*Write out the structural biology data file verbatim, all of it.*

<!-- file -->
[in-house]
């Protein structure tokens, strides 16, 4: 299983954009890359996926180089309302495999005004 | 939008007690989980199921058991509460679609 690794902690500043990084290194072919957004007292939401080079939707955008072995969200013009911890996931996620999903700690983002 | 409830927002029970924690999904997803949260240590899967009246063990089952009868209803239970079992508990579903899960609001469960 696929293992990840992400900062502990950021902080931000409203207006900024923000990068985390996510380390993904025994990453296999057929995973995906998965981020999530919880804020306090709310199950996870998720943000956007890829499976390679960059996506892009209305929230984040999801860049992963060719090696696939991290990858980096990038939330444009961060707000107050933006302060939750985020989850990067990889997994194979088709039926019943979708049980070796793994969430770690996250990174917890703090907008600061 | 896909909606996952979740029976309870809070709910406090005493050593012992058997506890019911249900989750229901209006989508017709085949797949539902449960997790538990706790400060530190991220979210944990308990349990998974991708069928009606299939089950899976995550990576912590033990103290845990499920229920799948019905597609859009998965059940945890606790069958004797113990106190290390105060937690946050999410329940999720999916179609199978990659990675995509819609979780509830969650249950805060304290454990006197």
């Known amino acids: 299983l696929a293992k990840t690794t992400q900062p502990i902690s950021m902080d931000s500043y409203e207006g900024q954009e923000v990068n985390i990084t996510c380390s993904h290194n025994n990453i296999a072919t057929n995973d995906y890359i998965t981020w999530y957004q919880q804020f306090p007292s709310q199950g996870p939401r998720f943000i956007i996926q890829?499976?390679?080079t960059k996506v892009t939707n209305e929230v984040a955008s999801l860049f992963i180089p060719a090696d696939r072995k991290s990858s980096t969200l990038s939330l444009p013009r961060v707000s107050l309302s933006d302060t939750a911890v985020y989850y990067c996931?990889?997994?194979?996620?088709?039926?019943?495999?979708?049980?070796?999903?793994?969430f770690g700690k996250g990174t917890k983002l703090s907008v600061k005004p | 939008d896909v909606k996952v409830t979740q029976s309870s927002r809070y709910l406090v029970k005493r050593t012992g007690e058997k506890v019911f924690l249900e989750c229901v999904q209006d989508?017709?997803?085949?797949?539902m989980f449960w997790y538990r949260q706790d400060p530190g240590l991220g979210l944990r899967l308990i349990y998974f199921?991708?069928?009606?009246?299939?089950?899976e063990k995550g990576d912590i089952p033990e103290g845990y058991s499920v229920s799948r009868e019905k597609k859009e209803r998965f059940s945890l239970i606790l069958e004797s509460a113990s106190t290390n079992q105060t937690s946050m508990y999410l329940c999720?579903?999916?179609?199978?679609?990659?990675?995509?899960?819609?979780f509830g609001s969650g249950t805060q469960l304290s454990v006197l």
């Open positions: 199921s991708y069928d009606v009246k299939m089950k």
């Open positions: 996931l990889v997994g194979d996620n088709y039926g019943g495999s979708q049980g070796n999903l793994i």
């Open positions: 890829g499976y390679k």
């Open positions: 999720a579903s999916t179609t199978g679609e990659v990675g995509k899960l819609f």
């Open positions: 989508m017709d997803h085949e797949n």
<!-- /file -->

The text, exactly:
[in-house]
């Protein structure tokens, strides 16, 4: 299983954009890359996926180089309302495999005004 | 939008007690989980199921058991509460679609 690794902690500043990084290194072919957004007292939401080079939707955008072995969200013009911890996931996620999903700690983002 | 409830927002029970924690999904997803949260240590899967009246063990089952009868209803239970079992508990579903899960609001469960 696929293992990840992400900062502990950021902080931000409203207006900024923000990068985390996510380390993904025994990453296999057929995973995906998965981020999530919880804020306090709310199950996870998720943000956007890829499976390679960059996506892009209305929230984040999801860049992963060719090696696939991290990858980096990038939330444009961060707000107050933006302060939750985020989850990067990889997994194979088709039926019943979708049980070796793994969430770690996250990174917890703090907008600061 | 896909909606996952979740029976309870809070709910406090005493050593012992058997506890019911249900989750229901209006989508017709085949797949539902449960997790538990706790400060530190991220979210944990308990349990998974991708069928009606299939089950899976995550990576912590033990103290845990499920229920799948019905597609859009998965059940945890606790069958004797113990106190290390105060937690946050999410329940999720999916179609199978990659990675995509819609979780509830969650249950805060304290454990006197």
């Known amino acids: 299983l696929a293992k990840t690794t992400q900062p502990i902690s950021m902080d931000s500043y409203e207006g900024q954009e923000v990068n985390i990084t996510c380390s993904h290194n025994n990453i296999a072919t057929n995973d995906y890359i998965t981020w999530y957004q919880q804020f306090p007292s709310q199950g996870p939401r998720f943000i956007i996926q890829?499976?390679?080079t960059k996506v892009t939707n209305e929230v984040a955008s999801l860049f992963i180089p060719a090696d696939r072995k991290s990858s980096t969200l990038s939330l444009p013009r961060v707000s107050l309302s933006d302060t939750a911890v985020y989850y990067c996931?990889?997994?194979?996620?088709?039926?019943?495999?979708?049980?070796?999903?793994?969430f770690g700690k996250g990174t917890k983002l703090s907008v600061k005004p | 939008d896909v909606k996952v409830t979740q029976s309870s927002r809070y709910l406090v029970k005493r050593t012992g007690e058997k506890v019911f924690l249900e989750c229901v999904q209006d989508?017709?997803?085949?797949?539902m989980f449960w997790y538990r949260q706790d400060p530190g240590l991220g979210l944990r899967l308990i349990y998974f199921?991708?069928?009606?009246?299939?089950?899976e063990k995550g990576d912590i089952p033990e103290g845990y058991s499920v229920s799948r009868e019905k597609k859009e209803r998965f059940s945890l239970i606790l069958e004797s509460a113990s106190t290390n079992q105060t937690s946050m508990y999410l329940c999720?579903?999916?179609?199978?679609?990659?990675?995509?899960?819609?979780f509830g609001s969650g249950t805060q469960l304290s454990v006197l």
């Open positions: 199921s991708y069928d009606v009246k299939m089950k």
């Open positions: 996931l990889v997994g194979d996620n088709y039926g019943g495999s979708q049980g070796n999903l793994i």
């Open positions: 890829g499976y390679k």
């Open positions: 999720a579903s999916t179609t199978g679609e990659v990675g995509k899960l819609f």
């Open positions: 989508m017709d997803h085949e797949n």